So you ve told your doggy to get down off the bed, or get down off the settee, or to drop your slippers, or to drop your wife, or to stop savaging your leg (if it s the last one, you have bigger problems than this article can solve. Look elsewhere.) Dog Training Collars barkcollar101 Either way, the doggy isn t doing as he/she s been told; it s time to take action.
It all comes to down to one thing: Status.
The reason your doggy isn t obeying you is because he doesn t see you as the leader of the pack. In the hierarchical world of the canine, pack status regulates everything, including who he takes orders from. So if he s ignoring you, it s because he thinks you re either equal or worse, inferior.
So to fix that point of view, you ve got to explain to him-NICELY-that you re actually running the show, but in a way that he will understand. It s all about consistency, and a little thing we call NILIF (Nothing In Life Is Free) training. In principle, to humans, this is a concept that sounds a Dog Training Collars little bullying, but it s actually the opposite. A doggy who knows his place in the pack-and what his boundaries are-is a happier doggy. Be prepared for a few surprised looks at first-and even a few reproachful stares-but stick with it, and not only will you and your dog s relationship massively improve, your dog s temperament will too. Think about it: are you being cruel when you give your kids vegetables they don t like, and give them curfews, and make them give you lengthy foot rubs when you come home from the gym without showering? Of course not (apart from maybe that last one) you re doing it for their own good and to make them behave correctly. And it s exactly the same with dogs.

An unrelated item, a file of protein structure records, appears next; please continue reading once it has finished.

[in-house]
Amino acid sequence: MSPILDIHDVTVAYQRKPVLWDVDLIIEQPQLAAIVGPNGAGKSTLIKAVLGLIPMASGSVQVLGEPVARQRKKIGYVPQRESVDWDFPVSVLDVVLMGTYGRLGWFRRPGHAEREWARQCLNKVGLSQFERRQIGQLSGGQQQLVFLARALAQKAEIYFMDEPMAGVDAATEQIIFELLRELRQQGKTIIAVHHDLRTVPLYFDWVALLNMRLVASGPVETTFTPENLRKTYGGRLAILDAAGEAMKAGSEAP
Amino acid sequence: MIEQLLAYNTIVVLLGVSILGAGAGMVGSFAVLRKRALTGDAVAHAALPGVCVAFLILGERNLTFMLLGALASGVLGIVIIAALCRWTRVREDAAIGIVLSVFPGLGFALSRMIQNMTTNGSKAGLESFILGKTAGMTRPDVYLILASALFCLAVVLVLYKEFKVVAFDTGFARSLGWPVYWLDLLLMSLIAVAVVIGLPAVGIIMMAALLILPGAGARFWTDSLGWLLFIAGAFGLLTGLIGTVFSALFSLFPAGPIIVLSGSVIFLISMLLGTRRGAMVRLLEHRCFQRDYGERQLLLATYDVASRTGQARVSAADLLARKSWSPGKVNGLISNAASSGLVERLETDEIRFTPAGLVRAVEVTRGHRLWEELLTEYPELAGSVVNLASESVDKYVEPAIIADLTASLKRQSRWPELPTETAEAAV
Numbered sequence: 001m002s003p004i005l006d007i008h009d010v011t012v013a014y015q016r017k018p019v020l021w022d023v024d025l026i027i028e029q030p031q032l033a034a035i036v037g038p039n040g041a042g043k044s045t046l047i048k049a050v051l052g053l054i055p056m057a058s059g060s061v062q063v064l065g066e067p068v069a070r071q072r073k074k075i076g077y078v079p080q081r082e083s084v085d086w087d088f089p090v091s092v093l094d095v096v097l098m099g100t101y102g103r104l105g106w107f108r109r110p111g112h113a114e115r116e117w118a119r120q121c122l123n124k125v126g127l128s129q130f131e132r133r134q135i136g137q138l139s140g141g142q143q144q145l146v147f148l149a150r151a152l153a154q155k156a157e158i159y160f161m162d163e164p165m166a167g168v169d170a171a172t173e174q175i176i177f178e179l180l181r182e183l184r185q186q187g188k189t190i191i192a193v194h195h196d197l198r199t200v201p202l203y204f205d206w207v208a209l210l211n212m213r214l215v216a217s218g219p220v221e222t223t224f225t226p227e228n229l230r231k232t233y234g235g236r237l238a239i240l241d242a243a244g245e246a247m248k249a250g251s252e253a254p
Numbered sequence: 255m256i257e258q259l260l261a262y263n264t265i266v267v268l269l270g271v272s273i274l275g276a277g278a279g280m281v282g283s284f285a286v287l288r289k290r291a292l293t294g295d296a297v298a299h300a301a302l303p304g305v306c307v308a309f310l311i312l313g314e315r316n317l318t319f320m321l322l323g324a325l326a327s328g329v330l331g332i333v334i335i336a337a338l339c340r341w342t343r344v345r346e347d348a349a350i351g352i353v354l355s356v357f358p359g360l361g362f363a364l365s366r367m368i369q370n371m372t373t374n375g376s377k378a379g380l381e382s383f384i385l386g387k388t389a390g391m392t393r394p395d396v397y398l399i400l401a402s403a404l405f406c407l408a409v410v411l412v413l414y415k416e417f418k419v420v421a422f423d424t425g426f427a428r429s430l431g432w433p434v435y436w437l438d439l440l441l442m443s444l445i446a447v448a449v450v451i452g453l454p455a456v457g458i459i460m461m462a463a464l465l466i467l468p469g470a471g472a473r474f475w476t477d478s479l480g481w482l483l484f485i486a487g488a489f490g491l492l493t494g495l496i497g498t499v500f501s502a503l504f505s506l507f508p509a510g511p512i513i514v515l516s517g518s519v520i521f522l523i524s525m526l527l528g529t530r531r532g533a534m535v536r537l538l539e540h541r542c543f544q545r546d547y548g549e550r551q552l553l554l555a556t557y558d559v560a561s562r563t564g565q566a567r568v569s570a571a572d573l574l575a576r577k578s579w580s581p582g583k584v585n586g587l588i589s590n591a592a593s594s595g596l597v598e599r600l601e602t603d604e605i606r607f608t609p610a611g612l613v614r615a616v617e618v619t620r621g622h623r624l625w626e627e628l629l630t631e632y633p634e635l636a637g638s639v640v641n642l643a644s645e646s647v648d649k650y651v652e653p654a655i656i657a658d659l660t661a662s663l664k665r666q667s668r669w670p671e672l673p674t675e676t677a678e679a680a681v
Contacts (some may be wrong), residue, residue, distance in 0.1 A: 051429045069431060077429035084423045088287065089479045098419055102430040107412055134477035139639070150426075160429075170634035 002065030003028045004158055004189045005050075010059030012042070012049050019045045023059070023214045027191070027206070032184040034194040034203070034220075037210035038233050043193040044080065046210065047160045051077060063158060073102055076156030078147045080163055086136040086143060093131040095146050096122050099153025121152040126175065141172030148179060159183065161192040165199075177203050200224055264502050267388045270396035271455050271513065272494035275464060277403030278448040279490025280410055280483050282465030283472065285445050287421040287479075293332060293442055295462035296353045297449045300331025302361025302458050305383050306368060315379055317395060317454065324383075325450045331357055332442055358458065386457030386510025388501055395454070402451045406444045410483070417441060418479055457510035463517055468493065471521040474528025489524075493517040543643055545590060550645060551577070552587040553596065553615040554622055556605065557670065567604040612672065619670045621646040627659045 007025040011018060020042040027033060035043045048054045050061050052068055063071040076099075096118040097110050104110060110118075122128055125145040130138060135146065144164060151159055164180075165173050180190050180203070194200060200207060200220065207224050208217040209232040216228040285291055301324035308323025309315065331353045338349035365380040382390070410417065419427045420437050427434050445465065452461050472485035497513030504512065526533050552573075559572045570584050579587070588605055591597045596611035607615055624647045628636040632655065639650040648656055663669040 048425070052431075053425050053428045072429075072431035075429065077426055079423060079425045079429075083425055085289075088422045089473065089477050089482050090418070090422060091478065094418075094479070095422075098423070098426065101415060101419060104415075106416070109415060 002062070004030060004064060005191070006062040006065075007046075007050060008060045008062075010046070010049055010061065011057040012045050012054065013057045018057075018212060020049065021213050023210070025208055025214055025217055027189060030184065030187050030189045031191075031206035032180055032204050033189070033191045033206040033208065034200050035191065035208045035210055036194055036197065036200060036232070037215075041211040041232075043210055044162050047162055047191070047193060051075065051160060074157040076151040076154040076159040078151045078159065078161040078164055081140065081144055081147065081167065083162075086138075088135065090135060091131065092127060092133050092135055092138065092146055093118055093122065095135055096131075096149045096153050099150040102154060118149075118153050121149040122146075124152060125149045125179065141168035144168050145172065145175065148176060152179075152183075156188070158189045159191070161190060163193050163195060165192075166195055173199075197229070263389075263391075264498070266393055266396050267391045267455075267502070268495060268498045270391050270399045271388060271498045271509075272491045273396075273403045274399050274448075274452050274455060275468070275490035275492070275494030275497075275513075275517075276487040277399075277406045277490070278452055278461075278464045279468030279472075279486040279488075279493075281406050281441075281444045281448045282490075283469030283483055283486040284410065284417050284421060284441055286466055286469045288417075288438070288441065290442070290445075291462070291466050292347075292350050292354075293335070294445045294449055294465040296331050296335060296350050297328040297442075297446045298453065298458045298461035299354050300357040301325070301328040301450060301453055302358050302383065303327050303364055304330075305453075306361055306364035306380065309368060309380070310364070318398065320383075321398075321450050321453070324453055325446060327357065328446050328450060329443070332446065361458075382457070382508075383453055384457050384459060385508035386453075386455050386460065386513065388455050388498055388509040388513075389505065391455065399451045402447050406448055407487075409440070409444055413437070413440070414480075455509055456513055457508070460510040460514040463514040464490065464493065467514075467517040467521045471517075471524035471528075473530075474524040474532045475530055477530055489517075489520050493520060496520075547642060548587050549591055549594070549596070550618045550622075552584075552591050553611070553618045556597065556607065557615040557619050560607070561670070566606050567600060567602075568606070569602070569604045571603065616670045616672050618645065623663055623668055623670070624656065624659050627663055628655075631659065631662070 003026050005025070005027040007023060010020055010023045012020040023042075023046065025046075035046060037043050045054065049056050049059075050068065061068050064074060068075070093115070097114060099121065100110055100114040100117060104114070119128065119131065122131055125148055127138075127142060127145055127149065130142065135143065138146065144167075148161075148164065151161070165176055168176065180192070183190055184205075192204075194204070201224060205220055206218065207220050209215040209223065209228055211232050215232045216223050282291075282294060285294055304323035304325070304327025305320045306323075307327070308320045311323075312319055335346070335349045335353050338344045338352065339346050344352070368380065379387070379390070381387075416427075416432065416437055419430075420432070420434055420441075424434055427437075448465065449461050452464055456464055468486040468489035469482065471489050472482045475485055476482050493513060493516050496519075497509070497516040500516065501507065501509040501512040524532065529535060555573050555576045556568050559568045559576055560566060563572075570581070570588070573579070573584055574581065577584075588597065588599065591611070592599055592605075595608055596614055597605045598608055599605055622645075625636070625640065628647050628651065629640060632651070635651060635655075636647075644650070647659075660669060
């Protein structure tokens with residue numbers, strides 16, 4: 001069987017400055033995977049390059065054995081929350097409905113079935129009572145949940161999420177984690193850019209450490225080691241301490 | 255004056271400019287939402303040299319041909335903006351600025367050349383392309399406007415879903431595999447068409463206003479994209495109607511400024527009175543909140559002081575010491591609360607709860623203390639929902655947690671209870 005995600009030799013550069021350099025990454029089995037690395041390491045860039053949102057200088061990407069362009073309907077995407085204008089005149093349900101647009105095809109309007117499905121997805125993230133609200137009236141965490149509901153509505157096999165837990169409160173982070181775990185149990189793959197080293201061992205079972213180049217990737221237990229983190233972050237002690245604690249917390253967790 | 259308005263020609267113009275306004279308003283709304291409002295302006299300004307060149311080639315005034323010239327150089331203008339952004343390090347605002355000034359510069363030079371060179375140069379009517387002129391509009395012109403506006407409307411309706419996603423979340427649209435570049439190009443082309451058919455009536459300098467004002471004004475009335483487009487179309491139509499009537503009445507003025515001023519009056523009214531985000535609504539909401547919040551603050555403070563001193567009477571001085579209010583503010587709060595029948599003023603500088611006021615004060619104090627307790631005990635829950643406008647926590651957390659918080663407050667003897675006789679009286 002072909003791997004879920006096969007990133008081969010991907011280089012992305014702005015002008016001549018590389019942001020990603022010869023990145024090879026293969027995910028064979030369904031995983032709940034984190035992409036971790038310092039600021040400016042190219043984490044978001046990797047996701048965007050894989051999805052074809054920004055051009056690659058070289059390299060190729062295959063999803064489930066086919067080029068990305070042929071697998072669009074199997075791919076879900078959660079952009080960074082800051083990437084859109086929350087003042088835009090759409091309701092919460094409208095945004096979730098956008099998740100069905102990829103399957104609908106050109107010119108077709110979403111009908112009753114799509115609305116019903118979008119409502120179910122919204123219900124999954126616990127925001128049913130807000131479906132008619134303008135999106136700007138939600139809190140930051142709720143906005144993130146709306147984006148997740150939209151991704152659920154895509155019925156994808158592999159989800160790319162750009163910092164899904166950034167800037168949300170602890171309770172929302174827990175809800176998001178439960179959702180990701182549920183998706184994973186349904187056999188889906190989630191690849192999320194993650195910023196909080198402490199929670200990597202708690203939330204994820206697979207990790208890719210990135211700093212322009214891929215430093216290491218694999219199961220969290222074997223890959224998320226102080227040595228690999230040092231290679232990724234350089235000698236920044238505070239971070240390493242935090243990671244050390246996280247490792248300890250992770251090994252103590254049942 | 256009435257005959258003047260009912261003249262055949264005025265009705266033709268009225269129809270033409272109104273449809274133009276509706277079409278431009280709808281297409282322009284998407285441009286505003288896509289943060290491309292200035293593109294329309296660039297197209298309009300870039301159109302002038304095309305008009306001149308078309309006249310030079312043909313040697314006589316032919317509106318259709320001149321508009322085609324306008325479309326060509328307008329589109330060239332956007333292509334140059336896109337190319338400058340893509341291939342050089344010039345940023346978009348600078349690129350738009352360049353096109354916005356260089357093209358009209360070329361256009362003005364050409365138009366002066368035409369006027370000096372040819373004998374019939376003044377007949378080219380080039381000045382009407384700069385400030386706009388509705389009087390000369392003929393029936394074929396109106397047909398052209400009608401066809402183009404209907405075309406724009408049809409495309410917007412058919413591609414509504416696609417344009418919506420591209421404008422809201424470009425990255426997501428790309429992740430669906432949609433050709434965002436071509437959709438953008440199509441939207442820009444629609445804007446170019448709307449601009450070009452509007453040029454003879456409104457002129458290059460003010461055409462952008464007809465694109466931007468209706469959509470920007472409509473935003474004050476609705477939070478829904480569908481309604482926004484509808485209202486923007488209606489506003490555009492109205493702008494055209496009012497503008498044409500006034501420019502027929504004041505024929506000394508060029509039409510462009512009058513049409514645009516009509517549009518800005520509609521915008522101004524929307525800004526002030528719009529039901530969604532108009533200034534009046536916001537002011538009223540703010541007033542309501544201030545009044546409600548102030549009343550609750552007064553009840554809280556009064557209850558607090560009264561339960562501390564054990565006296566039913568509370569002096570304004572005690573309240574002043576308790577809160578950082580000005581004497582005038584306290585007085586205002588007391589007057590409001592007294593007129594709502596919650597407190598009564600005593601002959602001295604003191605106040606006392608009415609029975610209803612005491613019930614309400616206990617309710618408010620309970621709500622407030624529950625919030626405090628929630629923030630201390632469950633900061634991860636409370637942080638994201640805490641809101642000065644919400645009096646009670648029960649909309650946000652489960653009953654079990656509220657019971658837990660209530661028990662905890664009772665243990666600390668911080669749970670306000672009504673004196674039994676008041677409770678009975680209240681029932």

So the idea of NILIF, as the name suggests, is that you stop the doggy from doing what he wants, and make him work for it. By doing so, you establish that he needs your permission to carry out things, and that therefore you are above him in the pack. So how do you do that?
Make them sit before they are allowed to carry out anything that they want to.
Now, that may sound like a contradiction in terms, because if the doggy doesn t obey you, how can you get him to sit, right? Well, that s the first thing to fix before we go any further, and before you say you don t have the time, you re wrong; I can get your doggy to sit in under half an hour. Go read this article, and come back:
Right, the rest of you whose dogs sit on command but ignore everything else-and those of you who left to read the article, and have now trained their dogs and come back-let s continue. As dogs can t talk, they have no way Dog Training Collars to say Please , and thus to ask for permission. So the way a doggy says Please is by sitting ¦once you ve established that they sit before they get what they want. (They also don t know how to say Get the %$*Â£ off my property but I think you can guess how they express that one.)
So here are a few key ways to implement NILIF training. Obviously there are more than these, but these are the major and most effective ones that will help establish your rank and therefore get your doggy to listen generally. I m sure you can get the idea from these on how to use NILIF training in all aspects of your dog s behaviour.
Good luck; for more of my doggy training articles, check out the links below. And if you just fancy a laugh...well check out my general articles below!
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